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I am troubled with the following concept: Most books/docs describe how robust servers are multithreaded and that the most common approach is to start a new thread to serve each new client. E.g. a thread is dedicated to each new connection. But how is this actually implemented in big systems? If we have a server that accepts requests from 100000 clients, it has started 100000 threads? Is this realistic? Aren't there limits on how many threads can run in a server? Additionally the overhead of context switching and synchronization, doesn't it degrade performance? Is it implemented as a mix of queues and threads? In this case is the number of queues fixed? Can anybody enlighten me on this, and perhaps give me a good reference that describes these?

Thanks!

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A .NET thread has a stack size of 1MB, 100000 threads would require 100GB of RAM just to keep the threads running, clearly not realistic. –  Albin Sunnanbo Aug 22 '10 at 20:25

6 Answers 6

The common method is to use thread pools. A thread pool is a collection of already created threads. When a new request gets to the server it is assigned a spare thread from the pool. When the request is handled, the thread is returned to the pool.

The number of threads in a pool is configured depending on the characteristics of the application. For example, if you have an application that is CPU bound you will not want too many threads since context switches will decrease performance. On the other hand, if you have a DB or IO bound application you want more threads since much time is spent waiting. Hence, more threads will utilize the CPU better.

Google "thread pools" and you will for sure find much to read about the concept.

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@Kristoffer: Looking at thread pools, my understanding is that the number of threads in the pool should always be relative to the number of available processors. If this is so, then the number of threads in the pool is always low in relation to the number of requests. If my understanding is correct then in my example in a machine with let's say 48 core processors, only 48 threads should be pooled and the rest requests should be queued? Am I mixing the concepts? –  Cratylus Aug 25 '10 at 20:48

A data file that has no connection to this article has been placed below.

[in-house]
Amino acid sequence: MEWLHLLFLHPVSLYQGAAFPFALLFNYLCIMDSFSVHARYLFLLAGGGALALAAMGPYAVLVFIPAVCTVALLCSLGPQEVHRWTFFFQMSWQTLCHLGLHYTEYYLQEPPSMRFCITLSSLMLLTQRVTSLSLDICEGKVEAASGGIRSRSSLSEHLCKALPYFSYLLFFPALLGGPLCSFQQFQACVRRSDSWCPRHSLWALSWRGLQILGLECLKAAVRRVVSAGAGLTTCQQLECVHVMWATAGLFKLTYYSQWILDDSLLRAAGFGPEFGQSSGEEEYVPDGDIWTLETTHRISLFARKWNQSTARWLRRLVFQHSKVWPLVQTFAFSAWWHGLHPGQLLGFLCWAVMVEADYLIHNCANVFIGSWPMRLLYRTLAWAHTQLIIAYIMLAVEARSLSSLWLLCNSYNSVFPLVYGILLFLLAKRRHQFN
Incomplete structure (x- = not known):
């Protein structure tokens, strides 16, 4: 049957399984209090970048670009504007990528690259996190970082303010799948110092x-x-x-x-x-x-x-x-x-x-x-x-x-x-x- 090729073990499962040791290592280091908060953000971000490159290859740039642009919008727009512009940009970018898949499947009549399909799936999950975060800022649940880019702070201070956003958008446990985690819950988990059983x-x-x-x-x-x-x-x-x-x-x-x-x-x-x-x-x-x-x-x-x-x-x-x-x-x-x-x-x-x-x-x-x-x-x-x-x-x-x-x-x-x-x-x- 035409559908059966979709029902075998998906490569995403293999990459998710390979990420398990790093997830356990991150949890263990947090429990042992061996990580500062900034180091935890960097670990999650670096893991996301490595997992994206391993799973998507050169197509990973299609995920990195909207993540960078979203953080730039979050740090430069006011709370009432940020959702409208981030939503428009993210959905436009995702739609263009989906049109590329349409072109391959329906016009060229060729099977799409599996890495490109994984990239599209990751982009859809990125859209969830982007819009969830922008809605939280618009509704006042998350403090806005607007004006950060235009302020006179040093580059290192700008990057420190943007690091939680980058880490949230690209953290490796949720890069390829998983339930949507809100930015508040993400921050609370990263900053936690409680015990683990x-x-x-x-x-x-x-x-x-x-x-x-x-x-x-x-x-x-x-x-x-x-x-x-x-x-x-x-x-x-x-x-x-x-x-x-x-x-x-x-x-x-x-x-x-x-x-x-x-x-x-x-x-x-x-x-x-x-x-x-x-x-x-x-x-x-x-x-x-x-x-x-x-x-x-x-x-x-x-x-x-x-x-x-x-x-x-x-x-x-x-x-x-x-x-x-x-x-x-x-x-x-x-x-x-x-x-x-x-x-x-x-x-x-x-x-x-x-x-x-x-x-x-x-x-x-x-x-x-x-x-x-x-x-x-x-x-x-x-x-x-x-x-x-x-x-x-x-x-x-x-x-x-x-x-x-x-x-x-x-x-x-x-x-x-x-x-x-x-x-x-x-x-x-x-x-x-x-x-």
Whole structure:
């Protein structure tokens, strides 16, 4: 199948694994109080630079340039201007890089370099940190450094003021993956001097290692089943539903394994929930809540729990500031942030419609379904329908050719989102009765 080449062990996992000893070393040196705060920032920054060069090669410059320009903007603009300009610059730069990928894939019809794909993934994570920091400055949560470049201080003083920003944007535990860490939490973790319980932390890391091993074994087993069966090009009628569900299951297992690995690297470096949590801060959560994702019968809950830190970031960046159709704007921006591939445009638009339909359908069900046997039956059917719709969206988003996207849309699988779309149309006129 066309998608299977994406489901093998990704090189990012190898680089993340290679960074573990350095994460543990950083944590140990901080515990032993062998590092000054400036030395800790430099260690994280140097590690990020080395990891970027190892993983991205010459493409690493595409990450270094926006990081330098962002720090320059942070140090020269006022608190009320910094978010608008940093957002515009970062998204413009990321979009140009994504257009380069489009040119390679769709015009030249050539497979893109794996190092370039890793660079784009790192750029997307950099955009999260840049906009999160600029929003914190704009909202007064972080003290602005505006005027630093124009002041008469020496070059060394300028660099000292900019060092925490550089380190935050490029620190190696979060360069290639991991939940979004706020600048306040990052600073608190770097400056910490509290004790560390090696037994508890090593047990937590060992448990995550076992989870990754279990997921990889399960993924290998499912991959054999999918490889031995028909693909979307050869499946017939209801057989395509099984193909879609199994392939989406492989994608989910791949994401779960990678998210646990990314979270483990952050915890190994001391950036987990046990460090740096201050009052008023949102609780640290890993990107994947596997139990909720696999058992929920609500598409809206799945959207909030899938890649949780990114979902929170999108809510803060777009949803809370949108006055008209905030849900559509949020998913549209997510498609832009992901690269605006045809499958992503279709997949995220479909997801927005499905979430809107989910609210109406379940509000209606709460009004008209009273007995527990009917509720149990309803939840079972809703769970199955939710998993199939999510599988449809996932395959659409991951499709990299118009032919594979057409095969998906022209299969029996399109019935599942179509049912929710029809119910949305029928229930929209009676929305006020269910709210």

You should always take the available number of processors into account when deciding the number of threads you need. However, you also need to account for the kind of work your threads do. Lets take two examples. 1) Your threads only do computations that require the CPU, no IO or other waits. Then it would make sense to have the same number of threads as CPUs since that would avoid wasting CPU cycles on being idle while minimizing context switches. 2) Your threads spend 50% of time waiting for external systems. Then it would make sense to have 2x<num CPUs> threads to utilize the CPUs fully. –  Kristoffer E Aug 26 '10 at 4:13
    
@Kristoffer:Ok, this is what I understood from thread pool. But in an example of a high number of requests (e.g. 10000), if the number of threads in the pool is in correlation with the number of available threads, that means that a very high percentage of the requests will be queued all time? –  Cratylus Aug 26 '10 at 7:42
    
Yes, then they will be queued (or maybe even just denied if such a policy is setup). However, if you expect 10000 simultaneous requests and have say 50 threads to handle them you probably need a better system if you need to handle the requests timely. –  Kristoffer E Aug 26 '10 at 8:42
    
@Kristoffer: So what is a "better system" as you say defined?Is it defined in terms of hardware used? Since in software besides using threads to achieve concurrency what more can one do? –  Cratylus Aug 26 '10 at 9:27

Also Read up on the SEDA pattern link , link

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In addition to the answers above I should notice, that really high-performance servers with many incoming connections attempt not to spawn a thread per each connection but use IO Completion Ports, select() and other asynchronous techniques for working with multiple sockets in one thread. And of course special attention must be paid to ensure that problems with one request or one socket won't block other sockets in the same thread.